LONDON, March 6, 2017 /PRNewswire/ --
Women continue to suffer sexism and gender discrimination in the workplace despite legislation and decades of so called change, concludes a survey into how they are treated in the work environment.
As the organisers of International Women's Day 2017 (8 March 2017) call for a more inclusive, gender equal world, a survey of 1,500 women conducted by OnePoll on behalf of BE Offices, the leading independent serviced offices provider, demonstrates that many women continue to be overlooked for promotion, are paid less than male colleagues and still suffer the indignity of sexist comments.
Covering a wide age range and seniority as well as both full-time and part-time employees, the poll highlighted the disparity between men and women that continues to exist in the British work environment.
Almost a quarter (23.47%) of women reported they were paid less than male colleagues while 30.8% said they had experienced gender discrimination in the workplace up from 27.4% in 2014 when BE conducted a similar survey.
Of those respondents who had experienced gender discrimination in the workplace, 25.53% said they had been overlooked for a job because they were of child bearing age and a further 21.55% said they didn't get a job because they had children.
Alarmingly, 23.9% commented that they were overlooked for promotion because of their sex and a third had been subjected to sexist comments.
One of the key issues for many women is being able to juggle their career with parenting and keeping home. Almost four out of 10 women (37%) commented that they felt pressured to juggle work and children while a similar level of respondents (40.4%) said they were under pressure to balance work and homemaking. This shows a marked improvement over previous surveys when in 2011, 50.7% reported they were under pressure to juggle children and their career and 49% in 2014.
Interestingly, the pressure on women in the workplace to look attractive appears to be declining sharply. In 2011, 54.4% of respondents said they were under pressure to juggle work and their appearance. This declined to 43.4% in 2014, and virtually halved to 22.5% in this survey.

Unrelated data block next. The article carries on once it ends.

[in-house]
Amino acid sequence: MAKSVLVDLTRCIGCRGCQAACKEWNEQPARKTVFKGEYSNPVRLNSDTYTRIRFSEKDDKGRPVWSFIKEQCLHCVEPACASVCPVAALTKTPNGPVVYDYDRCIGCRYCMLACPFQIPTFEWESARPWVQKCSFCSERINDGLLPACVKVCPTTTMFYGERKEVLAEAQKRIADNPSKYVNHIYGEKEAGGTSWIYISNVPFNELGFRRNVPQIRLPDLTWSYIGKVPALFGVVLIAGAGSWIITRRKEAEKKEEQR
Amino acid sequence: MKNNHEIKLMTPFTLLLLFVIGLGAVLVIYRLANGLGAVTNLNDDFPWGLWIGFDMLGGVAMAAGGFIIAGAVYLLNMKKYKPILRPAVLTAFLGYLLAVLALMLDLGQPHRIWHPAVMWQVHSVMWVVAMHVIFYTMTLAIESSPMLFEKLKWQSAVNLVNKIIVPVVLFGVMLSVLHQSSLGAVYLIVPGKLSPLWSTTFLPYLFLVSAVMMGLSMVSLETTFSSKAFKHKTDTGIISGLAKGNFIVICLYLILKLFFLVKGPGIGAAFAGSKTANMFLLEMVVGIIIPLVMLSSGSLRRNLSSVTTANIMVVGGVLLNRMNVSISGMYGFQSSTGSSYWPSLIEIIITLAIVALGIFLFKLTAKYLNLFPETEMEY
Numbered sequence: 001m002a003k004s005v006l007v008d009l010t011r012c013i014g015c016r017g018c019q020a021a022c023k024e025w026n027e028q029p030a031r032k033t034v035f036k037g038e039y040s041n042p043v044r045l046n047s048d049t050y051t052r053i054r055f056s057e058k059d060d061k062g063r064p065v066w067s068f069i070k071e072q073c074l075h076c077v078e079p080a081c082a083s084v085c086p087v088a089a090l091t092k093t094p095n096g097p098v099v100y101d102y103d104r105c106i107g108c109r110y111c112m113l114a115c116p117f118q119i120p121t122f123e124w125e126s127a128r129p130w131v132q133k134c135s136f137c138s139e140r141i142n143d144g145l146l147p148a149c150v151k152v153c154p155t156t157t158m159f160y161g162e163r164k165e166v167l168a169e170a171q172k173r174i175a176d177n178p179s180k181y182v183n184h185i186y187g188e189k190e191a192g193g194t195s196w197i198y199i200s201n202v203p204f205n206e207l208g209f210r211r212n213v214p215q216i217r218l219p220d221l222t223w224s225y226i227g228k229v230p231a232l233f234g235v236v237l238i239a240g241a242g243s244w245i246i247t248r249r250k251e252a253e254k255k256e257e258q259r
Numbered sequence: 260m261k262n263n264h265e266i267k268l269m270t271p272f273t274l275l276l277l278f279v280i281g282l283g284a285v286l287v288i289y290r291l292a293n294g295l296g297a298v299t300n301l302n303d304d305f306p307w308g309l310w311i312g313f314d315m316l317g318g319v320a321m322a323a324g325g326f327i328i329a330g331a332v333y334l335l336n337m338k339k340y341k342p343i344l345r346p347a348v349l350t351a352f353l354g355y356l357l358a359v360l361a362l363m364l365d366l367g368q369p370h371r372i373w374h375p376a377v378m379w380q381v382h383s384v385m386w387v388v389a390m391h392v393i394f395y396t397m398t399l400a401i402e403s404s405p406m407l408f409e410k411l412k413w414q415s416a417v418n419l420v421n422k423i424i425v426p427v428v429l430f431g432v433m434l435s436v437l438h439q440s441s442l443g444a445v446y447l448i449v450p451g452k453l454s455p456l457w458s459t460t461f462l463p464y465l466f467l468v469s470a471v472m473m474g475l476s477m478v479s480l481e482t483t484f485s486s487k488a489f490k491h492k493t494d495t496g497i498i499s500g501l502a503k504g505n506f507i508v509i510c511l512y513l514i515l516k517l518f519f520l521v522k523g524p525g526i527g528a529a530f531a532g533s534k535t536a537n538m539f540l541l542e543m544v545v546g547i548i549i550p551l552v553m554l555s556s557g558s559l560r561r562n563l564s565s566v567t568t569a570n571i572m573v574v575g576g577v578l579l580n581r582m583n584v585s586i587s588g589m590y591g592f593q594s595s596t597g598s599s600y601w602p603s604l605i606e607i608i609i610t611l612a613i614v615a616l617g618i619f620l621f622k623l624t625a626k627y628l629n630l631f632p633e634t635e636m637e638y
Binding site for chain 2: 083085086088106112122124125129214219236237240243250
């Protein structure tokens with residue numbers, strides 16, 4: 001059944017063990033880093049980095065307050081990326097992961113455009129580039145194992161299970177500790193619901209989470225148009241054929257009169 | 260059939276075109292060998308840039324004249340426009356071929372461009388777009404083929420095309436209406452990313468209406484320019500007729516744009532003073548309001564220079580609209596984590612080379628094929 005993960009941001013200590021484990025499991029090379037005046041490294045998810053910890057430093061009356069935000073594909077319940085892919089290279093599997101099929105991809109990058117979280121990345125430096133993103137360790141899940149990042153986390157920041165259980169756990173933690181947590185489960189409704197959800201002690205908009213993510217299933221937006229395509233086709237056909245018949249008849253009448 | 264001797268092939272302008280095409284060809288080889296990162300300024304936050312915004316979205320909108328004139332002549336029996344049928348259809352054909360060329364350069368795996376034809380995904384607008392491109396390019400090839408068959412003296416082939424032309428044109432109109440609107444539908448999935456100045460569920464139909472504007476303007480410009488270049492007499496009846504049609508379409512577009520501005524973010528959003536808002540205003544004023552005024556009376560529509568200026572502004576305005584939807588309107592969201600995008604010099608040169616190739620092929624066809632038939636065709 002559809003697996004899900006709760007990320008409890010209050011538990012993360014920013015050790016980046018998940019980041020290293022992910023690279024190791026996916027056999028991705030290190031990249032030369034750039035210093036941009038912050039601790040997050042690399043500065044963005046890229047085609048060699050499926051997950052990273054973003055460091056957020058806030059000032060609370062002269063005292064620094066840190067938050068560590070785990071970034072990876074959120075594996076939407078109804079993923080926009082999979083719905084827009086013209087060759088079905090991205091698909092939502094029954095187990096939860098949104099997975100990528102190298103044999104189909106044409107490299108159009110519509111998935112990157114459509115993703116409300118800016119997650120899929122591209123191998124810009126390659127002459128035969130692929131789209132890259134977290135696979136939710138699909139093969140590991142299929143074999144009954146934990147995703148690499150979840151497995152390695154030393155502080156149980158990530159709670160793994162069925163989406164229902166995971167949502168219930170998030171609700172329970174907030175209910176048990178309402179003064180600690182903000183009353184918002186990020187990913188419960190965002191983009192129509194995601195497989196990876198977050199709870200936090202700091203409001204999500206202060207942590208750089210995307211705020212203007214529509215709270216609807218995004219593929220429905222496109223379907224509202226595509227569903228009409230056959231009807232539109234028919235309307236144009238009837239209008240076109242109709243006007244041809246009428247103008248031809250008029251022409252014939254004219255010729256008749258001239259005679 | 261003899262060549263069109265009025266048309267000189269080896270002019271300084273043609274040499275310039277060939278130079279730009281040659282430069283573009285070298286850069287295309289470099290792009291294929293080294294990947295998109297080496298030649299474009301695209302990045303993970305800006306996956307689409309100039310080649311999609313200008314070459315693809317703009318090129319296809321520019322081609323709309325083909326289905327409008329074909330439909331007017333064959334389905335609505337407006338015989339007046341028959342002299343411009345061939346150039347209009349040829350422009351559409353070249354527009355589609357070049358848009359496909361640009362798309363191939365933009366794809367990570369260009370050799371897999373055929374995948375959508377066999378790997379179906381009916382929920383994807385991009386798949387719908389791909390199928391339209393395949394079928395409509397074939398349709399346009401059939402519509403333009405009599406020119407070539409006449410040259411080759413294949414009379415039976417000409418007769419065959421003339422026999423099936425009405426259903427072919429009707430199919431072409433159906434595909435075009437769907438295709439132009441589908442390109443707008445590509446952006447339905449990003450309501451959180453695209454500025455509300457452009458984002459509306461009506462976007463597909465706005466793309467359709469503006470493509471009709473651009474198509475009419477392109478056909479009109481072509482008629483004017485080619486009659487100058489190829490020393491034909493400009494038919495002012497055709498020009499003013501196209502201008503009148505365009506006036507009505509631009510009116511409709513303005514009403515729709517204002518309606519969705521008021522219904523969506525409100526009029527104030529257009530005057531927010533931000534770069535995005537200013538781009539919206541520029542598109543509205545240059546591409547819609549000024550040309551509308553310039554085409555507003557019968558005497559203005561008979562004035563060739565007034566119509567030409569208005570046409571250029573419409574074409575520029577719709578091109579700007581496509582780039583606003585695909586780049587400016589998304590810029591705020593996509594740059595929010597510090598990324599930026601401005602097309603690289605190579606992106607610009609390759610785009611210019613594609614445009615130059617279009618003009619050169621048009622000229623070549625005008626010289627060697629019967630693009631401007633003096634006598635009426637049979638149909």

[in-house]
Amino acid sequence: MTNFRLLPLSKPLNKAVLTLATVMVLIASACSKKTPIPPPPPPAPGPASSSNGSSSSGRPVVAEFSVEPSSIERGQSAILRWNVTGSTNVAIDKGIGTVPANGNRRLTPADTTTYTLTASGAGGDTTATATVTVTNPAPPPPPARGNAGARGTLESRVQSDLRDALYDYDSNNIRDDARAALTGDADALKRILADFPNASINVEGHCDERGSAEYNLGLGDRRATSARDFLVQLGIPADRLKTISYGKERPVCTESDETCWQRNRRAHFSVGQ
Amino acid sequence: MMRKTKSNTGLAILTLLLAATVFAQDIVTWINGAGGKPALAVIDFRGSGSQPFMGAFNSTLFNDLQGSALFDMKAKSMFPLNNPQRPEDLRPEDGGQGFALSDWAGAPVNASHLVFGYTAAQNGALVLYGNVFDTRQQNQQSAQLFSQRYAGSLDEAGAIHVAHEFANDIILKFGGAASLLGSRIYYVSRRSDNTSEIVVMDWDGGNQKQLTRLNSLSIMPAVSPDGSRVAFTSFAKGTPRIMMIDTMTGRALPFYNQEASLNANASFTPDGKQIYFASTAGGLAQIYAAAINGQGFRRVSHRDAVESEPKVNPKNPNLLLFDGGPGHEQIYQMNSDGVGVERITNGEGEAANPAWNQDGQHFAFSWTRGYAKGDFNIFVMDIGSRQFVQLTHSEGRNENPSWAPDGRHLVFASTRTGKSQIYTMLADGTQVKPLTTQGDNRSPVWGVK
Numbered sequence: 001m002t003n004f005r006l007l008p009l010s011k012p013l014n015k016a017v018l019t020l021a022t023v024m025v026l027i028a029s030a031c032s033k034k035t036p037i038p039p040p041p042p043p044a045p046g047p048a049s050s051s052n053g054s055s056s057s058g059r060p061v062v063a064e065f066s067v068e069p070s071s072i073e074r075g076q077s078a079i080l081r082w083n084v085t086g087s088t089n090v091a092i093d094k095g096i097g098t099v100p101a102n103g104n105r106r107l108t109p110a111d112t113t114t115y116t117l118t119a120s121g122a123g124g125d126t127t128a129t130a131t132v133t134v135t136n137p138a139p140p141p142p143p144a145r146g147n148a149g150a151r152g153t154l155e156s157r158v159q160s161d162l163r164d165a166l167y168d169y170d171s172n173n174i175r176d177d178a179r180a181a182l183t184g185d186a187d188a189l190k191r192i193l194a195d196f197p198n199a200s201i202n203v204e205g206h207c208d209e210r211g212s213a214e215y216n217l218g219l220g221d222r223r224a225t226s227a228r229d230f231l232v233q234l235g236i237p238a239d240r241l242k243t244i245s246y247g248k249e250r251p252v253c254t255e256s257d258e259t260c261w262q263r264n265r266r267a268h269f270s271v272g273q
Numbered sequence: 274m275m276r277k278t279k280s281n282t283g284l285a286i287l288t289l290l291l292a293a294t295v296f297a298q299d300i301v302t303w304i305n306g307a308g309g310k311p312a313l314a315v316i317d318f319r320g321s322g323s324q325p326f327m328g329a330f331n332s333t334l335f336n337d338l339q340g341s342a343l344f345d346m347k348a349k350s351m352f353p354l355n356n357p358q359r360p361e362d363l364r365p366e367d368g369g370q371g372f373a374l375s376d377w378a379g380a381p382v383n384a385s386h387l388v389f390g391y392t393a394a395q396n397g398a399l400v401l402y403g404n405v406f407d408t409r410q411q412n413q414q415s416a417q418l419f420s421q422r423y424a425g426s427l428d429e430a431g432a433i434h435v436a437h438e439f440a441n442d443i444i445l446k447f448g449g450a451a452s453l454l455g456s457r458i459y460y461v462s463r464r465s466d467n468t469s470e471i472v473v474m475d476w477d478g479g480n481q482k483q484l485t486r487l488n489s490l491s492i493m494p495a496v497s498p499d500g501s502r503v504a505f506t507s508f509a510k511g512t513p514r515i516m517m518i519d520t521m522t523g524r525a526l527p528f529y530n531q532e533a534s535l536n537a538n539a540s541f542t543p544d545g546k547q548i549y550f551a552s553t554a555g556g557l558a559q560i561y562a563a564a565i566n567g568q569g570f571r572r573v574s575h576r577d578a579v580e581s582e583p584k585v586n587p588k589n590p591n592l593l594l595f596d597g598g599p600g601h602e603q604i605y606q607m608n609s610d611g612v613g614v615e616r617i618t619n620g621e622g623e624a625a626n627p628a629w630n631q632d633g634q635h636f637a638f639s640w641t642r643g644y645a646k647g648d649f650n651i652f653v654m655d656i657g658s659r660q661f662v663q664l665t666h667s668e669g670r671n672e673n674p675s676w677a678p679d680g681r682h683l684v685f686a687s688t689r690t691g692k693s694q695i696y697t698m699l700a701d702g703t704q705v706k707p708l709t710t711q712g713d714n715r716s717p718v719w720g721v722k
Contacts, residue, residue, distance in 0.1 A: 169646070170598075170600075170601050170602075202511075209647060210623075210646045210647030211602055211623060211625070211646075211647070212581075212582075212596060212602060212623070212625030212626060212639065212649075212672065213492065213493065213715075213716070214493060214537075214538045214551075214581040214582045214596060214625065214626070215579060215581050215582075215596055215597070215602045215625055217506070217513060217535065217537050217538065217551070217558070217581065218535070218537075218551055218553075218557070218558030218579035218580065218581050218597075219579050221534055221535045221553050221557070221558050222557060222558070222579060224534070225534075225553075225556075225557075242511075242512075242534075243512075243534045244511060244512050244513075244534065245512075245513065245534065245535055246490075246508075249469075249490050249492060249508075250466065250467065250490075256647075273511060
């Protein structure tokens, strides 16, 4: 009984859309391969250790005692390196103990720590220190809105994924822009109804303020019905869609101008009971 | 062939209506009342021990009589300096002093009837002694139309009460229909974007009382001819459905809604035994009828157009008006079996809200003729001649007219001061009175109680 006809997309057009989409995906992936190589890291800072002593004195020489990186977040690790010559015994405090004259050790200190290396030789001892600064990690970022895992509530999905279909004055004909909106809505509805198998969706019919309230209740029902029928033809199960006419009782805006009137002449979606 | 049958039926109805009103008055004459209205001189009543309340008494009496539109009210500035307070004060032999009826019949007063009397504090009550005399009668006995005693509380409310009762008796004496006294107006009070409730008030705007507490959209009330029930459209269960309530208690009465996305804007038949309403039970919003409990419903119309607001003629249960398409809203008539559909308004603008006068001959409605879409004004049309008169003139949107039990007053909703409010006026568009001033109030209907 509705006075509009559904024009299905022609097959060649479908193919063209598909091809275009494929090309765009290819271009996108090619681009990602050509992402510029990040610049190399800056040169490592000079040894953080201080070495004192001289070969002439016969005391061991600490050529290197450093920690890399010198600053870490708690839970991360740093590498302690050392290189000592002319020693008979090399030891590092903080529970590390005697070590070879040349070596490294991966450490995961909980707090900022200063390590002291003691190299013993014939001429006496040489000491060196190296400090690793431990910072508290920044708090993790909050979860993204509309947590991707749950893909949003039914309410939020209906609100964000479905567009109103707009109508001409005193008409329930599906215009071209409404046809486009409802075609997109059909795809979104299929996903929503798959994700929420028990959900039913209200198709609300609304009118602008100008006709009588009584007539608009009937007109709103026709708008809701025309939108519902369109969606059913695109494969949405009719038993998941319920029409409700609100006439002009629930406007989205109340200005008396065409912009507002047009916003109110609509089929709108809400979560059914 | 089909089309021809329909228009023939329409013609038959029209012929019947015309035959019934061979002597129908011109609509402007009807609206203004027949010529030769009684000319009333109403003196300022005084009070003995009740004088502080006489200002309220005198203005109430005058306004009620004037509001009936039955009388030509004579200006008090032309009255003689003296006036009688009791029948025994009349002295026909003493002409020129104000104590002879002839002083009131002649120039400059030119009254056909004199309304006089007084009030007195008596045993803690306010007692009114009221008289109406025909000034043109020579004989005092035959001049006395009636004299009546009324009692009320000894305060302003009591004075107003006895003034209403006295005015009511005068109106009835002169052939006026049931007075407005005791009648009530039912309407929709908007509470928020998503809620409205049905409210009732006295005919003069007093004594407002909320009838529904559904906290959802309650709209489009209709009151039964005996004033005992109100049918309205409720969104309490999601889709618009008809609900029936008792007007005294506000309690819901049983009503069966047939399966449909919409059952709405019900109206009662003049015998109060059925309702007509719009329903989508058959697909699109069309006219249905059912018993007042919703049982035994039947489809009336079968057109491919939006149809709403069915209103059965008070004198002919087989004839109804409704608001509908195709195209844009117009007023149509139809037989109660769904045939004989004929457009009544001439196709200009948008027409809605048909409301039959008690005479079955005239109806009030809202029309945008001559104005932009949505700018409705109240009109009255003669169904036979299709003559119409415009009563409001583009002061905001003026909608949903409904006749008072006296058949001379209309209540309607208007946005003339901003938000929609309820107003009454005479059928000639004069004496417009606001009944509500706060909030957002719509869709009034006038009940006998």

Another positive finding of the 2016 survey is that fewer women now feel they had to adopt the traits of male counterparts to be taken seriously. This has fallen from 27.7% in 2011 to only 18.8% today.
It also appears that women feel more confident in themselves today than they did six years ago. They do not believe they have to change the way they act to get ahead in the workplace. In 2011, 45.8% of those polled said they had lowered their voice in the same way Maggie Thatcher famously did to be taken seriously in a male dominated environment. Today only 7% felt this was a necessary tactic.
Similarly, those feigning confidence to get ahead has fallen from 64.9% to only 26.3% while only 16.27% felt the need to dress "more powerfully" compared to 56.7% six years ago. Likewise, respondents reporting the need to dress more sexily fell from 26.9% in 2011 to only 3.7% today.
Perhaps astonishingly, women themselves are susceptible to employing gender discrimination when hiring staff. 31.3% reported that they would be reluctant to hire women who have children, up from 25.3% in 2014, while 27.9% said they would be reluctant to employ women of a child bearing age, which has changed little over the past six years.